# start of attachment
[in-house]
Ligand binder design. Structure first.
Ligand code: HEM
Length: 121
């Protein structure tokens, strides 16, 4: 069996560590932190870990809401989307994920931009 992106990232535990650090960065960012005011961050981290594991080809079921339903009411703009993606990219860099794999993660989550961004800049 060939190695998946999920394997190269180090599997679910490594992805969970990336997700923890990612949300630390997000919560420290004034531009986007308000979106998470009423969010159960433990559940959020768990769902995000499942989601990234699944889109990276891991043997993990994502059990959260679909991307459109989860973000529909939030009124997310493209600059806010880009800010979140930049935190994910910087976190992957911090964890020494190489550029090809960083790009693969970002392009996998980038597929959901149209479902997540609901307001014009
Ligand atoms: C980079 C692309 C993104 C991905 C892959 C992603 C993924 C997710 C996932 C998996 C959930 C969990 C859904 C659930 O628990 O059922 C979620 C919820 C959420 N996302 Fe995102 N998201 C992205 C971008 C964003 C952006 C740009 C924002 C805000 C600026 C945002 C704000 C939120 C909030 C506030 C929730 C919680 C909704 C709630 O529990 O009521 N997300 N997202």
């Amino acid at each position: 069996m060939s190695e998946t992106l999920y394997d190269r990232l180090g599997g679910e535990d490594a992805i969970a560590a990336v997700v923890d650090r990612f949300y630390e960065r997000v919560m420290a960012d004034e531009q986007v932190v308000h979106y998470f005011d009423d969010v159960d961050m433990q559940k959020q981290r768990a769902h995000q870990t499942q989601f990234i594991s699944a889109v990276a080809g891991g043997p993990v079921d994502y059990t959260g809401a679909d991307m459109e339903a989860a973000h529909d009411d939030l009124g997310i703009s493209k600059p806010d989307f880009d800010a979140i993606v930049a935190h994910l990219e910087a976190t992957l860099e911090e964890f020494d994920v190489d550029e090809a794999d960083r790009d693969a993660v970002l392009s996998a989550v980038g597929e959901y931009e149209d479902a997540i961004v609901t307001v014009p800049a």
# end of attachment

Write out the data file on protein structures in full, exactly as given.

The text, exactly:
[in-house]
Ligand binder design. Structure first.
Ligand code: HEM
Length: 121
């Protein structure tokens, strides 16, 4: 069996560590932190870990809401989307994920931009 992106990232535990650090960065960012005011961050981290594991080809079921339903009411703009993606990219860099794999993660989550961004800049 060939190695998946999920394997190269180090599997679910490594992805969970990336997700923890990612949300630390997000919560420290004034531009986007308000979106998470009423969010159960433990559940959020768990769902995000499942989601990234699944889109990276891991043997993990994502059990959260679909991307459109989860973000529909939030009124997310493209600059806010880009800010979140930049935190994910910087976190992957911090964890020494190489550029090809960083790009693969970002392009996998980038597929959901149209479902997540609901307001014009
Ligand atoms: C980079 C692309 C993104 C991905 C892959 C992603 C993924 C997710 C996932 C998996 C959930 C969990 C859904 C659930 O628990 O059922 C979620 C919820 C959420 N996302 Fe995102 N998201 C992205 C971008 C964003 C952006 C740009 C924002 C805000 C600026 C945002 C704000 C939120 C909030 C506030 C929730 C919680 C909704 C709630 O529990 O009521 N997300 N997202």
């Amino acid at each position: 069996m060939s190695e998946t992106l999920y394997d190269r990232l180090g599997g679910e535990d490594a992805i969970a560590a990336v997700v923890d650090r990612f949300y630390e960065r997000v919560m420290a960012d004034e531009q986007v932190v308000h979106y998470f005011d009423d969010v159960d961050m433990q559940k959020q981290r768990a769902h995000q870990t499942q989601f990234i594991s699944a889109v990276a080809g891991g043997p993990v079921d994502y059990t959260g809401a679909d991307m459109e339903a989860a973000h529909d009411d939030l009124g997310i703009s493209k600059p806010d989307f880009d800010a979140i993606v930049a935190h994910l990219e910087a976190t992957l860099e911090e964890f020494d994920v190489d550029e090809a794999d960083r790009d693969a993660v970002l392009s996998a989550v980038g597929e959901y931009e149209d479902a997540i961004v609901t307001v014009p800049a």